While my ADHD 10 year old son was practicing his new favorite activity/sport, rollerblading, I served my own adult ADD by pulling out my phone and downloading a trailer for a new Netflix show entitled Atypical.
We are in the middle of our block. He’s skating, I'm sort-of watching It’s darkening, almost night. Perfect time to watch a trailer on my phone.
Brief synopsis without any spoilers, the show centers around a relatively high functioning autistic or Asperger’s teenager in high school whose sole desire is to have a relationship with a girl.
As I’m watching the trailer my son skates over. He’s a little tired from doing spins and tricks. He catches his breath by resting his arm around me and we watch together. He’s immediately wrapped up in the show's trailer.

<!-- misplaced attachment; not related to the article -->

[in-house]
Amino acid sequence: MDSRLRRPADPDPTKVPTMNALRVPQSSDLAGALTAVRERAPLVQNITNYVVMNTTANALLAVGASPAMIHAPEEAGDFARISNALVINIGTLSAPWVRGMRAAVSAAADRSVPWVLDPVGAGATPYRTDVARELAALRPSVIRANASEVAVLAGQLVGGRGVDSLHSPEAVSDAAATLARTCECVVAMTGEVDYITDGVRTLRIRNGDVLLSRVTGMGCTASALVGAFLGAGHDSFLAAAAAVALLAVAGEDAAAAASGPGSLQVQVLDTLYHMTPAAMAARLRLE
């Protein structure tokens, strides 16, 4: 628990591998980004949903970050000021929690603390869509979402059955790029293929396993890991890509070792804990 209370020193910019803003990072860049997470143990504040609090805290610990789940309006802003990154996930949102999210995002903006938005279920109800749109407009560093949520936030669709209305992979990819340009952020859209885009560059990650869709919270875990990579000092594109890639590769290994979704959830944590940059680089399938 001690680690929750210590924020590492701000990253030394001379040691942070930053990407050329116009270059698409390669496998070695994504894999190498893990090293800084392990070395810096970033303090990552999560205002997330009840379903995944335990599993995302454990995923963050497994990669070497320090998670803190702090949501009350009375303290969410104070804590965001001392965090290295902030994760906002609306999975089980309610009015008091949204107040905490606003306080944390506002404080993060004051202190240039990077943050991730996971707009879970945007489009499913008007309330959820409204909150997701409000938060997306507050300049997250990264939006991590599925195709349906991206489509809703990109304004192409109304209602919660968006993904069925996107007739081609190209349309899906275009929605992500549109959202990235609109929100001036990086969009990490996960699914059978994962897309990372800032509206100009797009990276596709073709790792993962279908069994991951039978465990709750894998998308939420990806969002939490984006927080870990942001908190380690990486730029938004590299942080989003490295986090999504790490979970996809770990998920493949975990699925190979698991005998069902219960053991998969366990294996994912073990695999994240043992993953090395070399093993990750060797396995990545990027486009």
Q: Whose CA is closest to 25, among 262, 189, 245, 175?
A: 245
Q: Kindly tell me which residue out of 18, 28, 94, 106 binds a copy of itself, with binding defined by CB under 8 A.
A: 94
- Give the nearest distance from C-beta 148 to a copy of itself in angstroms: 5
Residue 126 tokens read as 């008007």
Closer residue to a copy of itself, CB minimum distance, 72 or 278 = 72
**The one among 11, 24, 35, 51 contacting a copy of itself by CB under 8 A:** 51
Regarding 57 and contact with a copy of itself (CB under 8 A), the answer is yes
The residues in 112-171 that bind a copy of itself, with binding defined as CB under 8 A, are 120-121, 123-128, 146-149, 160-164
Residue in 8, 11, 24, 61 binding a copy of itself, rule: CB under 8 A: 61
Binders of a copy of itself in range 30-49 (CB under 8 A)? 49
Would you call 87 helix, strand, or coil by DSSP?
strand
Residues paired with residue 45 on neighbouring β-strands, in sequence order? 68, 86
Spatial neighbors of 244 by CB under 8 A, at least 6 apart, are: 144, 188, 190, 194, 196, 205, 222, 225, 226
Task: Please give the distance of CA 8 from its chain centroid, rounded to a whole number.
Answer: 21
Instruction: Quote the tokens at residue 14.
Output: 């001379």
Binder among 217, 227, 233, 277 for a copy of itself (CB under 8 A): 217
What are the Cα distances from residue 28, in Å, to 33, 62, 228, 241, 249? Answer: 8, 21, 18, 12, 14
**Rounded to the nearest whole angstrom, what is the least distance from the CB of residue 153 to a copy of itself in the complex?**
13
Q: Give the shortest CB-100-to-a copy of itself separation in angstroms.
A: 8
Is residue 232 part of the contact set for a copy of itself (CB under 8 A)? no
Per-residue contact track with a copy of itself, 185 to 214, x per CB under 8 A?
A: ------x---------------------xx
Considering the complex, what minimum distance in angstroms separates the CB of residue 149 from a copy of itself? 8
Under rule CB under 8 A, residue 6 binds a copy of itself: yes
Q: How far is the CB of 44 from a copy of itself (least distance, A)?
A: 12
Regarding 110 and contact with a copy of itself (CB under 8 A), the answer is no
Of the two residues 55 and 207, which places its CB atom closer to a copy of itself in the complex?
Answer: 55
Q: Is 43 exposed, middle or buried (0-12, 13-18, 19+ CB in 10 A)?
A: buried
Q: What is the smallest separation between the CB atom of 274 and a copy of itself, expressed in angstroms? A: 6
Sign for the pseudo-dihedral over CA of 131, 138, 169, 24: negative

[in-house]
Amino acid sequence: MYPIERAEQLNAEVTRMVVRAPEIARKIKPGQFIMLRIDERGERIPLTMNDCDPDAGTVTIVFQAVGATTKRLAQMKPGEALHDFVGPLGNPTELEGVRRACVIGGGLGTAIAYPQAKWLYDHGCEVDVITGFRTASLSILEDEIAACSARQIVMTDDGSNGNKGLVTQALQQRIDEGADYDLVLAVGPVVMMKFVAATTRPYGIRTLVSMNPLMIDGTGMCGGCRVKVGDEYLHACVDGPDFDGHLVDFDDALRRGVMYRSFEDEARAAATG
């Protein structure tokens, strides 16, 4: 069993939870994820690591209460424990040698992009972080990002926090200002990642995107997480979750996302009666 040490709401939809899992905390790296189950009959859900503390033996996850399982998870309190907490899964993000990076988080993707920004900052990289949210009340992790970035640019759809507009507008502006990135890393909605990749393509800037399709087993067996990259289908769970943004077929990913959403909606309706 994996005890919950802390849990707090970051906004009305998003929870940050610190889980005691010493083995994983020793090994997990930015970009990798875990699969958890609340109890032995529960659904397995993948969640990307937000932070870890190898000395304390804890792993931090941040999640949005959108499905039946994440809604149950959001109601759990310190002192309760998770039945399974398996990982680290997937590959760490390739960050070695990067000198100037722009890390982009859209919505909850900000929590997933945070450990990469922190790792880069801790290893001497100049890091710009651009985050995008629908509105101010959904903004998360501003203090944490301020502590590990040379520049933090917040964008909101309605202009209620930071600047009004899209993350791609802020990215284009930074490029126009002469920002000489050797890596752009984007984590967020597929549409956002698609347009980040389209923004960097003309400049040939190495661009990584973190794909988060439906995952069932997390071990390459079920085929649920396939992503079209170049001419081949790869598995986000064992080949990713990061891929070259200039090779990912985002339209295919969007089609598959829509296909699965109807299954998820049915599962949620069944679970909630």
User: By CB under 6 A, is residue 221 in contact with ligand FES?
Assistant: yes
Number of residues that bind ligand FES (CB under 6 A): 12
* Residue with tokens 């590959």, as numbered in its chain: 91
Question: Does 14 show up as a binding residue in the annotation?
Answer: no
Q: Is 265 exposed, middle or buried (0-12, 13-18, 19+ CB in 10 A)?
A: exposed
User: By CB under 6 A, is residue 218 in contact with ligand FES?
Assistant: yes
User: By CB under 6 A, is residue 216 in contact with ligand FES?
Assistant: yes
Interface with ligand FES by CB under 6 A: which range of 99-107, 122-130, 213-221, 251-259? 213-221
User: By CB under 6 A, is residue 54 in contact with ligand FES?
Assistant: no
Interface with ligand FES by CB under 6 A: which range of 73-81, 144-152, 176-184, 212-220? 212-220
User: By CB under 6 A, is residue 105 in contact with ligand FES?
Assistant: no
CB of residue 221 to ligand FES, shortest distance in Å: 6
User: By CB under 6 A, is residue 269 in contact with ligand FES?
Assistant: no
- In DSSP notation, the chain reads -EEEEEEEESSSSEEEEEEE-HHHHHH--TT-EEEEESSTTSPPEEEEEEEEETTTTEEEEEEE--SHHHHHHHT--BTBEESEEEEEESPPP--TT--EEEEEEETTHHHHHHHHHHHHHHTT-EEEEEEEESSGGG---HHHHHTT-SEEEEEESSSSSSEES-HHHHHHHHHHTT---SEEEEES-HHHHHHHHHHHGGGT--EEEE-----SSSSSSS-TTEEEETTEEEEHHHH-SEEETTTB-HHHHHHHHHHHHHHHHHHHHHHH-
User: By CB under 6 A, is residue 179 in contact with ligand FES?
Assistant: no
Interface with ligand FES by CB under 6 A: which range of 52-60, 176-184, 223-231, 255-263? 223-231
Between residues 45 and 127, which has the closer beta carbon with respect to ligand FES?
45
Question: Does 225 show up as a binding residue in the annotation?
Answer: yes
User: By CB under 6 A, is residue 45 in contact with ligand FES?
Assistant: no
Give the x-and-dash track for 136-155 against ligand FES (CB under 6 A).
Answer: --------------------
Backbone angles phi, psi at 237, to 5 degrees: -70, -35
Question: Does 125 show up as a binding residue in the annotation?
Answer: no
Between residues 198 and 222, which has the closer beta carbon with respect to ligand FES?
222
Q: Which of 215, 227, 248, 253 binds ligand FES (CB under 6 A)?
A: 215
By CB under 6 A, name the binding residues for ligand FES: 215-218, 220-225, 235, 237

Moments later, the main character says, “at some point in my lifetime I want to see boobs.”
My son says, “Dad, I want to see boobs, too.”
“You don’t need to see boobs.”
“Have you ever seen boobs?”
“I don’t want to have this conversation with you right now,” I say, chickening out. “You’re ten.”
“I want to see boobs.”
“You don’t need to.”
“I can if I want to.”
“Doesn’t work that way.”
“Have you ever seen mommy’s boobs?”
“I do not want to talk about this with you,” I say.
“Just tell me!”
“I’m not talking about it!”
“I’ll take that as a No!” he says and skates off triumphantly.
Hi. My name is Stephen Tesher. I am a writer and an educator. Most importantly, I am a father. I've authored three books, staged numerous plays and written screenplays, articles, and this blog. I write about kids in crisis. I write about parents trying to figure it all out. I write about learning from failure and the resulting successes.
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Black Ice, by Stephen Tesher: